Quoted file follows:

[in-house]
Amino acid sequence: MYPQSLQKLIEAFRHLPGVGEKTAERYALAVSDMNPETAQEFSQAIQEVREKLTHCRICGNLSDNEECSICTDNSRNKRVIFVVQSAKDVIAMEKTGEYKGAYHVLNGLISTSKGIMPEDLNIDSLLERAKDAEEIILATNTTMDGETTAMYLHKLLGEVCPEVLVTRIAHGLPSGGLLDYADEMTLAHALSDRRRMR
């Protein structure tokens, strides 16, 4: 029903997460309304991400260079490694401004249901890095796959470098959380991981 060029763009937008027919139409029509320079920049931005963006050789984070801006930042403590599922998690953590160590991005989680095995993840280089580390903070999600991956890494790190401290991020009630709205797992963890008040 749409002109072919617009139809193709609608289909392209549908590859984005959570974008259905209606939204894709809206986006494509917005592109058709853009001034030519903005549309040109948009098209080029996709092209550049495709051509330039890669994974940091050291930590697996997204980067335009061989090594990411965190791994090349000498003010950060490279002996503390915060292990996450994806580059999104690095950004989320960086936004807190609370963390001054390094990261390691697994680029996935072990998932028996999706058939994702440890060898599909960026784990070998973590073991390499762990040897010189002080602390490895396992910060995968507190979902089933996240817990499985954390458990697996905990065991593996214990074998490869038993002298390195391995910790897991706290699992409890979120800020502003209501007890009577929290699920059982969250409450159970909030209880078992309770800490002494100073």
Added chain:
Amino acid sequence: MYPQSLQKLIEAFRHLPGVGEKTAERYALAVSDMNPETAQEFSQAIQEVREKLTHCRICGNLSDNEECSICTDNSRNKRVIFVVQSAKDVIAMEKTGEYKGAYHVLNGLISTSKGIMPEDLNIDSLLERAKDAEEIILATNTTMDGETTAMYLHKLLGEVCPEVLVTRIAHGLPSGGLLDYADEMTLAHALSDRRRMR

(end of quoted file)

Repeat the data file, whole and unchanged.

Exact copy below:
[in-house]
Amino acid sequence: MYPQSLQKLIEAFRHLPGVGEKTAERYALAVSDMNPETAQEFSQAIQEVREKLTHCRICGNLSDNEECSICTDNSRNKRVIFVVQSAKDVIAMEKTGEYKGAYHVLNGLISTSKGIMPEDLNIDSLLERAKDAEEIILATNTTMDGETTAMYLHKLLGEVCPEVLVTRIAHGLPSGGLLDYADEMTLAHALSDRRRMR
């Protein structure tokens, strides 16, 4: 029903997460309304991400260079490694401004249901890095796959470098959380991981 060029763009937008027919139409029509320079920049931005963006050789984070801006930042403590599922998690953590160590991005989680095995993840280089580390903070999600991956890494790190401290991020009630709205797992963890008040 749409002109072919617009139809193709609608289909392209549908590859984005959570974008259905209606939204894709809206986006494509917005592109058709853009001034030519903005549309040109948009098209080029996709092209550049495709051509330039890669994974940091050291930590697996997204980067335009061989090594990411965190791994090349000498003010950060490279002996503390915060292990996450994806580059999104690095950004989320960086936004807190609370963390001054390094990261390691697994680029996935072990998932028996999706058939994702440890060898599909960026784990070998973590073991390499762990040897010189002080602390490895396992910060995968507190979902089933996240817990499985954390458990697996905990065991593996214990074998490869038993002298390195391995910790897991706290699992409890979120800020502003209501007890009577929290699920059982969250409450159970909030209880078992309770800490002494100073």
Added chain:
Amino acid sequence: MYPQSLQKLIEAFRHLPGVGEKTAERYALAVSDMNPETAQEFSQAIQEVREKLTHCRICGNLSDNEECSICTDNSRNKRVIFVVQSAKDVIAMEKTGEYKGAYHVLNGLISTSKGIMPEDLNIDSLLERAKDAEEIILATNTTMDGETTAMYLHKLLGEVCPEVLVTRIAHGLPSGGLLDYADEMTLAHALSDRRRMR